After making a name for himself in comedies, including the three “Hangover” films and “Old School,” director Todd Phillips takes aim at something a little more serious in “War Dogs.”
And while the true story of a pair of 20-somethings who conned their way into a government contract in the early 2000s is a departure from his earlier work, Phillips is still able to incorporate some of his techniques quite well to create an engaging morality tale with very few morals to speak of.
Miles Teller and Jonah Hill star as David and Efraim, two friends living in Miami who find a way to exploit a government initiative to allow small businesses a chance to bid on U.S. military contracts. Before long they have built an empire and set their sights on a bigger prize, a $300 million deal to arm the Afghan military. This sets off a series of events that puts the friends in danger with everyone and has David questioning Efraim’s sanity and scruples.
“War Dogs” has a lot of things going for it that last year’s best picture nominee “The Big Short” had going for it. The film featured director Adam McKay transitioning from Will Ferrell comedies to something with a little more bite. If “The Big Short” exposed the seedy underbelly of Wall Street, then “War Dogs” tackles the price of war in the same manner, although not with the same gusto.
Phillips takes the frenetic pacing from his “Hangover” films and puts it to good work here. He also does a good job of finding some dark humor sprinkled in.
Teller and Hill are both very good, with Hill effectively capturing the unhinged nature of his character. Bradley Cooper also has a nice small role as a shady arms dealer who still gets work despite being on the terrorist watch list.
“War Dogs” isn’t without some problems, the main one being that the film tends to glorify what these guys do, almost glamorizing their criminal actions. Teller’s character is the only one even close to being sympathetic, and his character is just as unappealing at times as everyone else.
But I’m willing to overlook that because the subject matter isn’t pretty. These are some ugly people, doing ugly things for money, and for that “War Dogs” does its job of making the audience see a side of America that surely no one wants to talk about.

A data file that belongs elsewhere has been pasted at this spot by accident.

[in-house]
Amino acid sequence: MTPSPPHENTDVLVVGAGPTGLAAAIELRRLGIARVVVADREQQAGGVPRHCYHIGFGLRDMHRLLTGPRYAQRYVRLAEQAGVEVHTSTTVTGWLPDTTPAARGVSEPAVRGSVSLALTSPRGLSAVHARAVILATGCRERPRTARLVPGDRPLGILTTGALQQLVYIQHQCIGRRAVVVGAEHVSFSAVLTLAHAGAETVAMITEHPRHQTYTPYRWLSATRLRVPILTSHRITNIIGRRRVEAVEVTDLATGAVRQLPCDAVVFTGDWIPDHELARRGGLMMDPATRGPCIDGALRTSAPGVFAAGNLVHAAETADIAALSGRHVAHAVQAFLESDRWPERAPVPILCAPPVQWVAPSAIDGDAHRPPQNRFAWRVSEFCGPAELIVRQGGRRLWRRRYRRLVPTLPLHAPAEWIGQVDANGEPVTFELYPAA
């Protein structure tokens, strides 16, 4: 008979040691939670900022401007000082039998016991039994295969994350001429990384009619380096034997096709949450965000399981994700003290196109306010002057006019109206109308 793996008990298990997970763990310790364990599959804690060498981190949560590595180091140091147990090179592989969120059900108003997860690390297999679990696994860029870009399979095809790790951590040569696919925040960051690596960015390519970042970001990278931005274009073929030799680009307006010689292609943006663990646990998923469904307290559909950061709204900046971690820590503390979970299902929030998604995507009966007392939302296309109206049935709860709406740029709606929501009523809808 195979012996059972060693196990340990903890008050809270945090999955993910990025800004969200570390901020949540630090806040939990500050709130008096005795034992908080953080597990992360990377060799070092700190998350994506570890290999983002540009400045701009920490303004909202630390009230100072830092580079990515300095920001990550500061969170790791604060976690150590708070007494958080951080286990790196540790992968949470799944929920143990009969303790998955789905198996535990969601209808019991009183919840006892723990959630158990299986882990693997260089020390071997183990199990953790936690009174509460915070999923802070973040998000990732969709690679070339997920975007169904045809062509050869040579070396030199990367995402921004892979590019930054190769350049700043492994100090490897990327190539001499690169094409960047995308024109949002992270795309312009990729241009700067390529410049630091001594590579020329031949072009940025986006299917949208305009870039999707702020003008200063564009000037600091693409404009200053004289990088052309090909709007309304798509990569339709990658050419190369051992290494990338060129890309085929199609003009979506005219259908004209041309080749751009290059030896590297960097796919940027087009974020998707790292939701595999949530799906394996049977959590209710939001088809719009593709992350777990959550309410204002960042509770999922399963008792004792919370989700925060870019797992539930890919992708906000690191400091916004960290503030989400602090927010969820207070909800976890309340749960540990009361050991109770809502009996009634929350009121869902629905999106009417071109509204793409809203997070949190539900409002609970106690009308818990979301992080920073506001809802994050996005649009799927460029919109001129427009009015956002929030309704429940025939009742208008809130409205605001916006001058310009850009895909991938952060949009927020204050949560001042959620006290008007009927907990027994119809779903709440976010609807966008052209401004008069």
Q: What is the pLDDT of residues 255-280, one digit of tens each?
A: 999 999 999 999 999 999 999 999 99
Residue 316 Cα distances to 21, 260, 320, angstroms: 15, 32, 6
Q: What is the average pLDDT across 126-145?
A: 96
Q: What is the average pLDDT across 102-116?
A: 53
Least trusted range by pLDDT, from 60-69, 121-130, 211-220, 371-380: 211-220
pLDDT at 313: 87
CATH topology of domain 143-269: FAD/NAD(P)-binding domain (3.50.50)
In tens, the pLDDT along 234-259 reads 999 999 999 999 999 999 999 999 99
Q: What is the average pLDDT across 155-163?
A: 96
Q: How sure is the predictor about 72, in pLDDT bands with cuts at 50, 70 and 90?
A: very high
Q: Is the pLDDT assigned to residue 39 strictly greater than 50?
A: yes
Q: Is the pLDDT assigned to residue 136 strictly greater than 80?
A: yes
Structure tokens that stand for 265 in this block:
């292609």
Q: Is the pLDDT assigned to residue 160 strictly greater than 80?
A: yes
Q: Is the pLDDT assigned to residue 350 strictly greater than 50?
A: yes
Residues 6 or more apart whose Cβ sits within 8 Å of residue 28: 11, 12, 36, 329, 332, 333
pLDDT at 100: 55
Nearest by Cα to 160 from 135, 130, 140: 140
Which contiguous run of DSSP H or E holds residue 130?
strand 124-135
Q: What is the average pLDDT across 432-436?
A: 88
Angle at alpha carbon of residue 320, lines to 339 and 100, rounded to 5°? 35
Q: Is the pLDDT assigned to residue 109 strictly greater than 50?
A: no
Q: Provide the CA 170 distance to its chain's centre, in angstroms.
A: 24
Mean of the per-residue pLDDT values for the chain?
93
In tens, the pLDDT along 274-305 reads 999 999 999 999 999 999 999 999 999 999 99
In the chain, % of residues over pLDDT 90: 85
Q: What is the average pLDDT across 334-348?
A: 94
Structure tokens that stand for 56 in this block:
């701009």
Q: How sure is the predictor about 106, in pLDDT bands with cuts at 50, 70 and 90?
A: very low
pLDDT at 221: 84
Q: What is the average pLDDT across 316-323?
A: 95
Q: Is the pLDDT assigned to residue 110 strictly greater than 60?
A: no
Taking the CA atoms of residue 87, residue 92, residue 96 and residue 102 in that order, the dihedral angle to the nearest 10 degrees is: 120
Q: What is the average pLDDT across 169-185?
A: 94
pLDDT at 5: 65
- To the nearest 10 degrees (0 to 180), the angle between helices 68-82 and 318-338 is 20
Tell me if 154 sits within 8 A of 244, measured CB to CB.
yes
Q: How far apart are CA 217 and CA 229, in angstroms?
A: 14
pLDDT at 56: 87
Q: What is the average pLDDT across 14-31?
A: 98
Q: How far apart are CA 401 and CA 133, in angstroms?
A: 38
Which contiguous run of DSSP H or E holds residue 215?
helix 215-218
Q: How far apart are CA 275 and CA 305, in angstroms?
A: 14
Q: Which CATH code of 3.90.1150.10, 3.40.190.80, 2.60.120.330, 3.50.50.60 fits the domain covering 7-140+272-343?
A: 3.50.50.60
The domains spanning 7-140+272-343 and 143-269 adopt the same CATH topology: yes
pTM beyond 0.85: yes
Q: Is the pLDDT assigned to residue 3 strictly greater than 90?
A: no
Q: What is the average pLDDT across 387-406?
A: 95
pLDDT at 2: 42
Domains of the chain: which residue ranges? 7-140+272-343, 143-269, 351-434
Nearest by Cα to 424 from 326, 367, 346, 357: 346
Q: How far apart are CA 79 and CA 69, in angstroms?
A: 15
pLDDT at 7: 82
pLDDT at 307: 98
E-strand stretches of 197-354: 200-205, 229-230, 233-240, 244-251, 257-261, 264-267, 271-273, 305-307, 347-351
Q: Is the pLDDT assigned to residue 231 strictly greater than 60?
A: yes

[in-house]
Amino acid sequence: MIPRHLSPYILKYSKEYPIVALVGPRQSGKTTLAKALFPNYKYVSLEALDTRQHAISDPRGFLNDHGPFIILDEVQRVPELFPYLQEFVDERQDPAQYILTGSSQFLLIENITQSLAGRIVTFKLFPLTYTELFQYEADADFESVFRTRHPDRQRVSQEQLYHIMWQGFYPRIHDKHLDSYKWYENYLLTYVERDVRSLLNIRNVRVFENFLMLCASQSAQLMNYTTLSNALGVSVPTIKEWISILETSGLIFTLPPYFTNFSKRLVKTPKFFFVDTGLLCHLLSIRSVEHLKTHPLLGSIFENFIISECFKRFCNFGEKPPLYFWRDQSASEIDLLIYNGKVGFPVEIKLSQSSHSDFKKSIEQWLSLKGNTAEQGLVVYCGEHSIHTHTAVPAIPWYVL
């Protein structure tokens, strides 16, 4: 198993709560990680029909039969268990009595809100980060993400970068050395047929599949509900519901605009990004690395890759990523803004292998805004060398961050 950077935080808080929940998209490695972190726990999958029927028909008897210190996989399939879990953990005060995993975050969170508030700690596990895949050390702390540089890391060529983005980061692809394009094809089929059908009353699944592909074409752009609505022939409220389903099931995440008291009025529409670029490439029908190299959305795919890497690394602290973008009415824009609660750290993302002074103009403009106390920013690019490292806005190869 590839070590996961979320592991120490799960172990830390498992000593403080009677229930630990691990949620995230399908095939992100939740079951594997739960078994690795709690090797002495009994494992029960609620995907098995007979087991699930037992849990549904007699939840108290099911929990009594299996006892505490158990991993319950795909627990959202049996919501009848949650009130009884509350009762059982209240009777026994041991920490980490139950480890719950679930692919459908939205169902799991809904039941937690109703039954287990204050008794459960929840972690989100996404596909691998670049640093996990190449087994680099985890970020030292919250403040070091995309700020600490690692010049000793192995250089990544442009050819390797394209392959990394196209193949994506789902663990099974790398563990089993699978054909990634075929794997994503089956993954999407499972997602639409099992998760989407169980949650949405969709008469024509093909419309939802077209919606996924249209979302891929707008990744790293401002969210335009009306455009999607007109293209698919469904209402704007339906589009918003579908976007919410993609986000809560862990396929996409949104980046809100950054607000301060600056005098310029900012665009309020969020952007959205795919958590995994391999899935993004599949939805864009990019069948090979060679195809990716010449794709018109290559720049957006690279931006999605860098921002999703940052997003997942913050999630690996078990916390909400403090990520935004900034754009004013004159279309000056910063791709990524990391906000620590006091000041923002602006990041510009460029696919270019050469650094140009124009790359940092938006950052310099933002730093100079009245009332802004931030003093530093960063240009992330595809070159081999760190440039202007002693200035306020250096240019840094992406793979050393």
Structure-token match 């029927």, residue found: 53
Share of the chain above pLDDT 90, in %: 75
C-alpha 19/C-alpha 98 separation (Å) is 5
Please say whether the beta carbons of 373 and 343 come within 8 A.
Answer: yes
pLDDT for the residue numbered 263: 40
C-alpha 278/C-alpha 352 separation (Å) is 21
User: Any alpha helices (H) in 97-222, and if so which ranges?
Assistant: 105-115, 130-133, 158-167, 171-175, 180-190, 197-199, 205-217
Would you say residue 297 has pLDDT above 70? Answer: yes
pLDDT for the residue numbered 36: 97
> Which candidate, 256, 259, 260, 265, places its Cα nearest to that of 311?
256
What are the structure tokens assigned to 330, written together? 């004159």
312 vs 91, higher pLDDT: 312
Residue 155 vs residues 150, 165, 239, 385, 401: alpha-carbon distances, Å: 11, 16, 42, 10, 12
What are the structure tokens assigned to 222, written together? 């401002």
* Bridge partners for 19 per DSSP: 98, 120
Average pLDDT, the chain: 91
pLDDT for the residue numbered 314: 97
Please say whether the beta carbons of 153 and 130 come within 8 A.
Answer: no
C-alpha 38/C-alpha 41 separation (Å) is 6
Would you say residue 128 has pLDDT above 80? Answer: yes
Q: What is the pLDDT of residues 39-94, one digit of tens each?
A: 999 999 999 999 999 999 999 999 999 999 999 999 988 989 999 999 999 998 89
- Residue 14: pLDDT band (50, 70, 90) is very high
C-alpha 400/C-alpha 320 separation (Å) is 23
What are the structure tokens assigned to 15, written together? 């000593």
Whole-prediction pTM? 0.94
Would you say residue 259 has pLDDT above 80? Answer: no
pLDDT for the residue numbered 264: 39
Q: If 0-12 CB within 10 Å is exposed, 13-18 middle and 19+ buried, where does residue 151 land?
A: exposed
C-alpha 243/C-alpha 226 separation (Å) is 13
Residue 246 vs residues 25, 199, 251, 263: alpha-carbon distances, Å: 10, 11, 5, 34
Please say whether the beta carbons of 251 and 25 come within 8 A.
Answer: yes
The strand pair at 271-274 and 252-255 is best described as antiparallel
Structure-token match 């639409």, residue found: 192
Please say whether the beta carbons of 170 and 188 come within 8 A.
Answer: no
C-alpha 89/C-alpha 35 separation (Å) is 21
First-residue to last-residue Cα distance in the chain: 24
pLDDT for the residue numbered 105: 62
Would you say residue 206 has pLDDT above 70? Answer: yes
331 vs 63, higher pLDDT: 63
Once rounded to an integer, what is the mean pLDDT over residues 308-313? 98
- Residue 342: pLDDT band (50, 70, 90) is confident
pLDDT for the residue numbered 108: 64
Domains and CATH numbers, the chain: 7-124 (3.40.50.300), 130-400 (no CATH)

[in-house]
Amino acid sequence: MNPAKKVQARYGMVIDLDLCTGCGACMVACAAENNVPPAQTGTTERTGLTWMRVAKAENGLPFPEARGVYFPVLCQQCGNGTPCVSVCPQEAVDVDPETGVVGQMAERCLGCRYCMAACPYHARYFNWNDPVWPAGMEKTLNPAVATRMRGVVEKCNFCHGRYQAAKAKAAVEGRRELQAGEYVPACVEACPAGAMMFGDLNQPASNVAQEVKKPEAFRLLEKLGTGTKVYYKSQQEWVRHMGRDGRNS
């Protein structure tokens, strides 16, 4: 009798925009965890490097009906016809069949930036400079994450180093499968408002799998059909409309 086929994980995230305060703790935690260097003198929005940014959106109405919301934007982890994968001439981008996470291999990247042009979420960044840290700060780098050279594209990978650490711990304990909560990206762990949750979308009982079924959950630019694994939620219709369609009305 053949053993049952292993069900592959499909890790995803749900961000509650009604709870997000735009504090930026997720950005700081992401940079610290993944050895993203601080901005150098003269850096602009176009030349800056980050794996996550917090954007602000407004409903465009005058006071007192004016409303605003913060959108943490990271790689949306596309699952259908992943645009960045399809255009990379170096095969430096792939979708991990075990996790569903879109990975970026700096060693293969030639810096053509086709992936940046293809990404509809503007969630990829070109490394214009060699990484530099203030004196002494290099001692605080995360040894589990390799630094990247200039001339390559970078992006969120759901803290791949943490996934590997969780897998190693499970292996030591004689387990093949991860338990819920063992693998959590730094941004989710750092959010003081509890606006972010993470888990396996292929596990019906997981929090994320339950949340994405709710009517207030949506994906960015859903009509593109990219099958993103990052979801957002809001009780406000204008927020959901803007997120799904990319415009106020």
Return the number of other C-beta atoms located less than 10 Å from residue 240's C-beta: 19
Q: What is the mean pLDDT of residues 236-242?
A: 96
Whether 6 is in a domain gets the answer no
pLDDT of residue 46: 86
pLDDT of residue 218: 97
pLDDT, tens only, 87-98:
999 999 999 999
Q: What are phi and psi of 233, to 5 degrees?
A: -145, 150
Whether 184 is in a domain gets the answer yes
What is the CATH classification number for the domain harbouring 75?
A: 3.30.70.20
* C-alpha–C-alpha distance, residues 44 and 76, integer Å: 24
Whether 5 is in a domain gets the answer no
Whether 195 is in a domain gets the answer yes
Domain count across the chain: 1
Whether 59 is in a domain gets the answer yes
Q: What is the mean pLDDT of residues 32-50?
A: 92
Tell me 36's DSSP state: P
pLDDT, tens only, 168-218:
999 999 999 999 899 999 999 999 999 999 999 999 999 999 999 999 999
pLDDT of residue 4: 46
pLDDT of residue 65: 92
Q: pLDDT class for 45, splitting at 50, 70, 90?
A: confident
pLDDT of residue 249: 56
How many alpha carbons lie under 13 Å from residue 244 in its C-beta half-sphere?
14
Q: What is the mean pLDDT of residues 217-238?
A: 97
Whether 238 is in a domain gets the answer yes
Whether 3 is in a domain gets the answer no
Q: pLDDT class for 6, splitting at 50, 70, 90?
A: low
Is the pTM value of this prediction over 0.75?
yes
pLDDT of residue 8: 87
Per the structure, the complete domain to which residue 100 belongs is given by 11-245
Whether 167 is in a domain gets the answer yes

Also in theaters
On the heels of last week’s “Pete’s Dragon” comes another family film that deserves to find an audience. “Kubo and the Two Strings” (B+) is a smart animated film from the same studio that brought you “Coraline,” “Paranorman” and “The Boxtrolls.”
And it soars with stirring visuals and a strong story.
“Kubo and the Two Strings” follows a boy named Kubo (voiced by Art Parkinson), whose life is turned upside down when an old nemesis leaves him without his mother and father. This sends Kubo on a quest to locate a magical suit of armor worn by his late father in order defeat that nemesis – with a talking monkey (Charlize Theron) and half-human beetle (Matthew McConaughey) by his side.
“Kubo” is visually stirring, with director Travis Knight bringing an almost storybook style to the whole thing. The adventures are magnificently staged, and the attention to detail in the characters’ facial expressions are impressive and really add a dimension that isn’t always present in animated films.
The cast, which also includes Rooney Mara, Ralph Fiennes and George Takei, also brings a lot to the table, creating some of the more memorable animated characters of 2016.
This film doesn’t talk down to its audience, with a story and moments that are complex but can still be enjoyed by children of all ages.
Parents will find themselves just as enchanted by a film that I am willing to bet will be in the running for an Oscar for best animated film.
“Kubo and the Two Strings” is rated PG for thematic elements, scary images, action and peril and is now playing at the Regal Bowling Green Stadium 12, Highland Cinemas in Glasgow and Franklin Drive-In.